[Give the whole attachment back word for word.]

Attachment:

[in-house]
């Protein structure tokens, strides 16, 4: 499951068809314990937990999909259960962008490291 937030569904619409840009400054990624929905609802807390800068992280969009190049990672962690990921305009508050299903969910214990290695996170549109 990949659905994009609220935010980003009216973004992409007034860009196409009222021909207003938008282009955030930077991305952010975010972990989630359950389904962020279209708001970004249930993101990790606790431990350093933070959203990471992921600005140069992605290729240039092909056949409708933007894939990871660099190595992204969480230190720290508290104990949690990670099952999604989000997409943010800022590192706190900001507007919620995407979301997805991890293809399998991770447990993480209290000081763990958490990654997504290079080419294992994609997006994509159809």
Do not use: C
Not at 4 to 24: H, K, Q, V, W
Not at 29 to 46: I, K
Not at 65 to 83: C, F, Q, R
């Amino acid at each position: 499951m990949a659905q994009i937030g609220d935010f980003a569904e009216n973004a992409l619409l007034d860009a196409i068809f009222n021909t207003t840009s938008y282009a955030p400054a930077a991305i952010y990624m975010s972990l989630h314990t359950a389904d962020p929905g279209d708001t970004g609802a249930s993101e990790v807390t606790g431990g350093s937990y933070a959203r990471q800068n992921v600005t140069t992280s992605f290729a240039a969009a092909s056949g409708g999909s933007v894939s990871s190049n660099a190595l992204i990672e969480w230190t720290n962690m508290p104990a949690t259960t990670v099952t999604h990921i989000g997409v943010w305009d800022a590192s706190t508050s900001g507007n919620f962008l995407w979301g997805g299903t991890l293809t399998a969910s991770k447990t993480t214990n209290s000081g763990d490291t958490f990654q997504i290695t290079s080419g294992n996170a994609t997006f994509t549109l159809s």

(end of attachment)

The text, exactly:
[in-house]
């Protein structure tokens, strides 16, 4: 499951068809314990937990999909259960962008490291 937030569904619409840009400054990624929905609802807390800068992280969009190049990672962690990921305009508050299903969910214990290695996170549109 990949659905994009609220935010980003009216973004992409007034860009196409009222021909207003938008282009955030930077991305952010975010972990989630359950389904962020279209708001970004249930993101990790606790431990350093933070959203990471992921600005140069992605290729240039092909056949409708933007894939990871660099190595992204969480230190720290508290104990949690990670099952999604989000997409943010800022590192706190900001507007919620995407979301997805991890293809399998991770447990993480209290000081763990958490990654997504290079080419294992994609997006994509159809």
Do not use: C
Not at 4 to 24: H, K, Q, V, W
Not at 29 to 46: I, K
Not at 65 to 83: C, F, Q, R
């Amino acid at each position: 499951m990949a659905q994009i937030g609220d935010f980003a569904e009216n973004a992409l619409l007034d860009a196409i068809f009222n021909t207003t840009s938008y282009a955030p400054a930077a991305i952010y990624m975010s972990l989630h314990t359950a389904d962020p929905g279209d708001t970004g609802a249930s993101e990790v807390t606790g431990g350093s937990y933070a959203r990471q800068n992921v600005t140069t992280s992605f290729a240039a969009a092909s056949g409708g999909s933007v894939s990871s190049n660099a190595l992204i990672e969480w230190t720290n962690m508290p104990a949690t259960t990670v099952t999604h990921i989000g997409v943010w305009d800022a590192s706190t508050s900001g507007n919620f962008l995407w979301g997805g299903t991890l293809t399998a969910s991770k447990t993480t214990n209290s000081g763990d490291t958490f990654q997504i290695t290079s080419g294992n996170a994609t997006f994509t549109l159809s």